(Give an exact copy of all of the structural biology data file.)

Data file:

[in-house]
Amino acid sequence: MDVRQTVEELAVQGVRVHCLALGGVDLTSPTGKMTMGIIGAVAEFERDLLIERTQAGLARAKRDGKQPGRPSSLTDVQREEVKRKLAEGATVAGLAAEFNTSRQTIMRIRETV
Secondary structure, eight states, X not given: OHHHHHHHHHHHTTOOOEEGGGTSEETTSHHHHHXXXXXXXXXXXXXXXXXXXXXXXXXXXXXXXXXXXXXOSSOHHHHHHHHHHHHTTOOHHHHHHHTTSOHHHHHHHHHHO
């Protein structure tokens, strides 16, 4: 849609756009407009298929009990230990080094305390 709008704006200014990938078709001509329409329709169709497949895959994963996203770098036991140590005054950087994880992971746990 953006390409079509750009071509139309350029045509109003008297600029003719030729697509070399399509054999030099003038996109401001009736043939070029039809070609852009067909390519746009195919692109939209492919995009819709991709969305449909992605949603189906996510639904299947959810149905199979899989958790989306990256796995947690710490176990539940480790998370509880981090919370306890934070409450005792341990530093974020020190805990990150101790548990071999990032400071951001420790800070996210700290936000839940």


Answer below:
[in-house]
Amino acid sequence: MDVRQTVEELAVQGVRVHCLALGGVDLTSPTGKMTMGIIGAVAEFERDLLIERTQAGLARAKRDGKQPGRPSSLTDVQREEVKRKLAEGATVAGLAAEFNTSRQTIMRIRETV
Secondary structure, eight states, X not given: OHHHHHHHHHHHTTOOOEEGGGTSEETTSHHHHHXXXXXXXXXXXXXXXXXXXXXXXXXXXXXXXXXXXXXOSSOHHHHHHHHHHHHTTOOHHHHHHHTTSOHHHHHHHHHHO
């Protein structure tokens, strides 16, 4: 849609756009407009298929009990230990080094305390 709008704006200014990938078709001509329409329709169709497949895959994963996203770098036991140590005054950087994880992971746990 953006390409079509750009071509139309350029045509109003008297600029003719030729697509070399399509054999030099003038996109401001009736043939070029039809070609852009067909390519746009195919692109939209492919995009819709991709969305449909992605949603189906996510639904299947959810149905199979899989958790989306990256796995947690710490176990539940480790998370509880981090919370306890934070409450005792341990530093974020020190805990990150101790548990071999990032400071951001420790800070996210700290936000839940």